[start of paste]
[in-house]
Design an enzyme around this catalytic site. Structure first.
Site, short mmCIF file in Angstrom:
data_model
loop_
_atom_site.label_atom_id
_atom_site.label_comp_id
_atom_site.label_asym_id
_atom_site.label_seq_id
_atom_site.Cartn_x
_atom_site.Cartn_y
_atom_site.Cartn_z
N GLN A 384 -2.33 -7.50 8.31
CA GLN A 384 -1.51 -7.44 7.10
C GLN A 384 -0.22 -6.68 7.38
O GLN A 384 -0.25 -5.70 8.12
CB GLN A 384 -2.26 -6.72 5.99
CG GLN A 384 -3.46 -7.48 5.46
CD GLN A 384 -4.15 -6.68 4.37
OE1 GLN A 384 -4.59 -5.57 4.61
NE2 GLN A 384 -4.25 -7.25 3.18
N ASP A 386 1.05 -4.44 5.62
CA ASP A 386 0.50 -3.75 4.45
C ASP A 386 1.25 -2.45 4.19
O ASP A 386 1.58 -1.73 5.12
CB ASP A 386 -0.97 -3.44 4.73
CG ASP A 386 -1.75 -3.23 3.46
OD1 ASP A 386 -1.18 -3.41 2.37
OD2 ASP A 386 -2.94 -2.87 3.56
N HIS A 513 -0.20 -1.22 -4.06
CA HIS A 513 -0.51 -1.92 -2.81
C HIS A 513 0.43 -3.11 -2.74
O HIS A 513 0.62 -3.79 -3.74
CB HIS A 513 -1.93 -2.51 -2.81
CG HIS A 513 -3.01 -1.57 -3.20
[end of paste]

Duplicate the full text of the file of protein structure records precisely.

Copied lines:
[in-house]
Design an enzyme around this catalytic site. Structure first.
Site, short mmCIF file in Angstrom:
data_model
loop_
_atom_site.label_atom_id
_atom_site.label_comp_id
_atom_site.label_asym_id
_atom_site.label_seq_id
_atom_site.Cartn_x
_atom_site.Cartn_y
_atom_site.Cartn_z
N GLN A 384 -2.33 -7.50 8.31
CA GLN A 384 -1.51 -7.44 7.10
C GLN A 384 -0.22 -6.68 7.38
O GLN A 384 -0.25 -5.70 8.12
CB GLN A 384 -2.26 -6.72 5.99
CG GLN A 384 -3.46 -7.48 5.46
CD GLN A 384 -4.15 -6.68 4.37
OE1 GLN A 384 -4.59 -5.57 4.61
NE2 GLN A 384 -4.25 -7.25 3.18
N ASP A 386 1.05 -4.44 5.62
CA ASP A 386 0.50 -3.75 4.45
C ASP A 386 1.25 -2.45 4.19
O ASP A 386 1.58 -1.73 5.12
CB ASP A 386 -0.97 -3.44 4.73
CG ASP A 386 -1.75 -3.23 3.46
OD1 ASP A 386 -1.18 -3.41 2.37
OD2 ASP A 386 -2.94 -2.87 3.56
N HIS A 513 -0.20 -1.22 -4.06
CA HIS A 513 -0.51 -1.92 -2.81
C HIS A 513 0.43 -3.11 -2.74
O HIS A 513 0.62 -3.79 -3.74
CB HIS A 513 -1.93 -2.51 -2.81
CG HIS A 513 -3.01 -1.57 -3.20